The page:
node-mname - DNS Server in Node.js
mname is a fork of the
node-named library, which enables the development of
DNS servers in node.js.
This fork adds the following features:
- Queries over TCP connections
- AXFR, IXFR zone transfers
- PTR records
- Name compression
- EDNS 1.0
Creating a DNS Server
var named = ;var server = named;var ttl = 300;server;server;
Creating DNS Records
node-named provides helper functions for creating DNS records. The records are available under 'named.record.NAME' where NAME is one of ['A', 'AAAA', 'CNAME', 'SOA', 'MX', 'TXT, 'SRV']. It is important to remember that these DNS records are not permanently added to the server. They only exist for the length of the particular request. After that, they are destroyed. This means you have to create your own lookup mechanism.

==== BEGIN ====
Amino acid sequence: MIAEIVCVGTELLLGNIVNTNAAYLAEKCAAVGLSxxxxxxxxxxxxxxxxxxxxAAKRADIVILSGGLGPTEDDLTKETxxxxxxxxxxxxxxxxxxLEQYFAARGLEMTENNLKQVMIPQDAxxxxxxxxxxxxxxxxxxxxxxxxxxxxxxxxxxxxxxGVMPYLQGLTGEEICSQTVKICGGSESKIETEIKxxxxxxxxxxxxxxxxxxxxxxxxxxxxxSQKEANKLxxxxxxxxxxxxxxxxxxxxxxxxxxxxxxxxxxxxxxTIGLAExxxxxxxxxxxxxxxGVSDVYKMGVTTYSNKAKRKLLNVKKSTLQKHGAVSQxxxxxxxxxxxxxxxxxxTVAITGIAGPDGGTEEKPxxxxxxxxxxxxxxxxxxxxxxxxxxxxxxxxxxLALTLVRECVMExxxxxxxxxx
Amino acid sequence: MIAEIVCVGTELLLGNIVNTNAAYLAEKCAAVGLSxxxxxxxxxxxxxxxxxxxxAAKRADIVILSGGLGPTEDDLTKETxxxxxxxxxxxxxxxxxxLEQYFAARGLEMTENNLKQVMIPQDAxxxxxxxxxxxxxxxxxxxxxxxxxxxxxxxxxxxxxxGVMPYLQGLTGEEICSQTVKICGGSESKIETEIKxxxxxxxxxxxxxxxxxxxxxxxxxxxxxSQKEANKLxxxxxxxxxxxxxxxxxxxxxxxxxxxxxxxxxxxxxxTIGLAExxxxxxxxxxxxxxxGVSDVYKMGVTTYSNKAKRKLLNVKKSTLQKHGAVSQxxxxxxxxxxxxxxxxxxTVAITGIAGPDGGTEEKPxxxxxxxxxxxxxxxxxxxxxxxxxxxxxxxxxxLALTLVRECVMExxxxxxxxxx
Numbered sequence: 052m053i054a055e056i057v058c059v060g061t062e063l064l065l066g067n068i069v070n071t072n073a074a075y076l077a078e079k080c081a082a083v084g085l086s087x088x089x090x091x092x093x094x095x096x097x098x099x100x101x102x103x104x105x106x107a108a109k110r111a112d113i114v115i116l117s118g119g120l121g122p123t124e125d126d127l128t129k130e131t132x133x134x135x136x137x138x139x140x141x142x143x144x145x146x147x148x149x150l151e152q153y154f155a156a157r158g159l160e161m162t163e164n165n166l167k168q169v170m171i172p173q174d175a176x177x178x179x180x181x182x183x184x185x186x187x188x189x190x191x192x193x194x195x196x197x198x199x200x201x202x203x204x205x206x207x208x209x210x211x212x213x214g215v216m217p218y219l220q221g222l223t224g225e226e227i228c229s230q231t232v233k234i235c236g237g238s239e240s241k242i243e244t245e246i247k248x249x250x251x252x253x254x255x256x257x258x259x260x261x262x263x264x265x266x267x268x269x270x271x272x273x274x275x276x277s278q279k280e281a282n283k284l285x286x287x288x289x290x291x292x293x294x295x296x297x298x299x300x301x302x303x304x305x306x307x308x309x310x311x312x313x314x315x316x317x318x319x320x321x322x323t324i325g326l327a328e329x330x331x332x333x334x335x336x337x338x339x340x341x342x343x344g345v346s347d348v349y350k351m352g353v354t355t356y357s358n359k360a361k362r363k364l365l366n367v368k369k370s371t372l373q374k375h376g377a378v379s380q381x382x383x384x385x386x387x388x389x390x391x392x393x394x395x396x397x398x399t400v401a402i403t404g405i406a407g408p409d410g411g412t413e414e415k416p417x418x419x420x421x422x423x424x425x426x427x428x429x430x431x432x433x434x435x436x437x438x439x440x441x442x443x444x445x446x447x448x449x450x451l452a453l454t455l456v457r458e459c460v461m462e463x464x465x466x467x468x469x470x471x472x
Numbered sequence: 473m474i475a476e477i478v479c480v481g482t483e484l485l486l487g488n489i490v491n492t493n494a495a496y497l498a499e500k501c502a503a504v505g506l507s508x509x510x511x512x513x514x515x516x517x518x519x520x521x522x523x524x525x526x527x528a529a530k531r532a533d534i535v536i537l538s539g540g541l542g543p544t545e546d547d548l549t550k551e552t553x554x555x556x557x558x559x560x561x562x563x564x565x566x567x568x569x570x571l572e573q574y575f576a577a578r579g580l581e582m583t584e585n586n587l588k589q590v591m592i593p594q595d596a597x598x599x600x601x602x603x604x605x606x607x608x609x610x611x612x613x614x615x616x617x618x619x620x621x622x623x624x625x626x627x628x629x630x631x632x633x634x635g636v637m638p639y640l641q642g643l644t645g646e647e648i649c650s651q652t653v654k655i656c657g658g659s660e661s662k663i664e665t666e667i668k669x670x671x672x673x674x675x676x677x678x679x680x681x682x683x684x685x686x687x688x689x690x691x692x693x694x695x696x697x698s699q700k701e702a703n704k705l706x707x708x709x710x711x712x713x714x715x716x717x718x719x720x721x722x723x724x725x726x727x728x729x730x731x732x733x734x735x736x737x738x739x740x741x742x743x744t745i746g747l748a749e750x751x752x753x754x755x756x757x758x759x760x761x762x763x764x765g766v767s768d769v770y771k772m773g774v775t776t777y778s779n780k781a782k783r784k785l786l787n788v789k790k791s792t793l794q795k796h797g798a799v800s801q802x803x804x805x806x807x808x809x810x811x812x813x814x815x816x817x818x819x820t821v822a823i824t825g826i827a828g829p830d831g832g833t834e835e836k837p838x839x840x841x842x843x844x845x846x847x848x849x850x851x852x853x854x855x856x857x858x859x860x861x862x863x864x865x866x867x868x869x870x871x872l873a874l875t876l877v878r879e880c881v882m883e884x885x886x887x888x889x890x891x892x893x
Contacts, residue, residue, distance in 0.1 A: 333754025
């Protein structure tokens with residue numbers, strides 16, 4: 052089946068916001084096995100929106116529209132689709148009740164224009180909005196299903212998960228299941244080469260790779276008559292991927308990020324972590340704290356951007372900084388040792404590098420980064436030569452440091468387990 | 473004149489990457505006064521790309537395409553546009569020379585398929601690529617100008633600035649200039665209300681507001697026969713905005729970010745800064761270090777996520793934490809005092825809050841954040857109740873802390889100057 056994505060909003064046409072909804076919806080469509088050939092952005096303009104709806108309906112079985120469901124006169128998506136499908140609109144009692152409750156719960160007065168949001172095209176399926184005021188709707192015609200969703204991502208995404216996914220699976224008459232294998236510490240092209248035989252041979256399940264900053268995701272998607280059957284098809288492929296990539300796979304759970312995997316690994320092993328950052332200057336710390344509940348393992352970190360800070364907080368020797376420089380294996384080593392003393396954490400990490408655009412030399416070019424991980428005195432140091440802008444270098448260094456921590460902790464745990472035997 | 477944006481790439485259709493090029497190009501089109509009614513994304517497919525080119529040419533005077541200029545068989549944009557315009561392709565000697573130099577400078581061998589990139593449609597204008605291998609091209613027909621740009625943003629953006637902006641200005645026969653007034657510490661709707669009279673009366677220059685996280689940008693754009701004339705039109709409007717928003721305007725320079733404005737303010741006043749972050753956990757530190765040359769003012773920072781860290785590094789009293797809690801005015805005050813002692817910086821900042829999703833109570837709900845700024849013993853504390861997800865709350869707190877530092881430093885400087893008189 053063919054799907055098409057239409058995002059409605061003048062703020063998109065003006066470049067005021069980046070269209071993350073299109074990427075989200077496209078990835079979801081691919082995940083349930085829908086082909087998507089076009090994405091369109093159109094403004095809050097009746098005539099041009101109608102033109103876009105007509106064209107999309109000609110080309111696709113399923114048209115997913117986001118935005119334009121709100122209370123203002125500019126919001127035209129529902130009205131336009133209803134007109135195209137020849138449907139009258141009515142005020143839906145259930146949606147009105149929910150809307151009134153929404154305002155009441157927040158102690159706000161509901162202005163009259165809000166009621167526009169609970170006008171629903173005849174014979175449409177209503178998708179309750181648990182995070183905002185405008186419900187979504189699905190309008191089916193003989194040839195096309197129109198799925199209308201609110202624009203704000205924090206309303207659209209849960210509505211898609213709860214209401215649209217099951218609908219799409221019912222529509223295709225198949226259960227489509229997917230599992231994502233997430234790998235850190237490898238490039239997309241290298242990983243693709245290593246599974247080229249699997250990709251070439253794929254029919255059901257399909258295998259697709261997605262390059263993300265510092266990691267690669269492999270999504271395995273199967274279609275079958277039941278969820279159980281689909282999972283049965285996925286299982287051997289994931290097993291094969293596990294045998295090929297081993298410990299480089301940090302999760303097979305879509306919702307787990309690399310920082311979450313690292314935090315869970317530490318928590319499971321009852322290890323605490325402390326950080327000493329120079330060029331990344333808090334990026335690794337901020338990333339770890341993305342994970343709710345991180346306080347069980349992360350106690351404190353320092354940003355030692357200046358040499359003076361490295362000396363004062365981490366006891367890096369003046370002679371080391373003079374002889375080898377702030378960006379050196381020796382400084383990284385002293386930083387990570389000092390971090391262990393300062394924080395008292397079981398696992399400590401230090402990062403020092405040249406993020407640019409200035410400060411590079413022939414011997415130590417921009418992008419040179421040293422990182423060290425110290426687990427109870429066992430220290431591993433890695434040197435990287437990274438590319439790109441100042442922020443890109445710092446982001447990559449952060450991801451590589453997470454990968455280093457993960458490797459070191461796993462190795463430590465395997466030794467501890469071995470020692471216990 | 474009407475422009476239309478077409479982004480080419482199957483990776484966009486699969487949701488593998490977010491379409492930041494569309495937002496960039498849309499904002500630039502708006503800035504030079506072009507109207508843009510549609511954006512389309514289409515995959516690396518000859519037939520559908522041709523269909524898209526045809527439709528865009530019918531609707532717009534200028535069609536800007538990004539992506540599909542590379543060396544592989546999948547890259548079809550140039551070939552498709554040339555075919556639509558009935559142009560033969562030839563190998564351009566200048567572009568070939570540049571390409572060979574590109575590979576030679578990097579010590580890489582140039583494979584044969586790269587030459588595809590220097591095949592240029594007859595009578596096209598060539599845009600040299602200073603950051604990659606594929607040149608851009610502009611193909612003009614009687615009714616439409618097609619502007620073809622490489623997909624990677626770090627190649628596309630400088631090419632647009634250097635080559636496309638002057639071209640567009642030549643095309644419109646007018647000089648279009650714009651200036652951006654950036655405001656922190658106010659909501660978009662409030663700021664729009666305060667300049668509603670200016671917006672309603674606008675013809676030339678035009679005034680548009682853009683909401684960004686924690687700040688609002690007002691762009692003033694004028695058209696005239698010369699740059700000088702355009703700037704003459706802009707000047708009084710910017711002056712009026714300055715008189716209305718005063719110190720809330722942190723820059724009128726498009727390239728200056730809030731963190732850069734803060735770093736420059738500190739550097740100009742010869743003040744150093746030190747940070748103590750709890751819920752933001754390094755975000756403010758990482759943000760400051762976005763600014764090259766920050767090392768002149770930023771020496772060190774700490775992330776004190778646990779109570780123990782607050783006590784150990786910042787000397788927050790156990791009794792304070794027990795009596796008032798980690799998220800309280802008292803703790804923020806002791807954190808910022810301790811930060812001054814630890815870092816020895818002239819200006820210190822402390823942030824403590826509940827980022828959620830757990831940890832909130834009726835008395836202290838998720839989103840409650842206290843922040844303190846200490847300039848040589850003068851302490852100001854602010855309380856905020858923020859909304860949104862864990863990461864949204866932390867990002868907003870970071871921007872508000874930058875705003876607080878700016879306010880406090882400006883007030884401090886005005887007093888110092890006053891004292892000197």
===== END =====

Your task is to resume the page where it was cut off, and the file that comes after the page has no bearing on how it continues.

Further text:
var named = ;var soaRecord = named;console;
Supported Record Types
The following record types are supported
- A (ipv4)
- AAAA (ipv6)
- CNAME (aliases)
- SOA (start of authority)
- MX (mail server records)
- TXT (arbitrary text entries)
- SRV (service discovery)
node-named uses http://github.com/trentm/node-bunyan for logging. It's a lot nicer to use if you npm install bunyan and put the bunyan tool in your path. Otherwise, you will end up with JSON formatted log output by default.
Replacing the default logger
You can pass in an alternate logger if you wish. If you do not, then it will use bunyan by default. Your logger must expose the functions 'info', 'debug', 'warn', 'trace', 'error', and 'notice'.
Tell me even more...
When DNS was designed it was designed prior to the web existing, so many of the features in the RFC are either never used, or were never implemented. This server aims to be RFC compliant, but does not implement any other protocol other than INET (the one we're all used to), and only supports a handful of record types (the ones that are in use on a regular basis).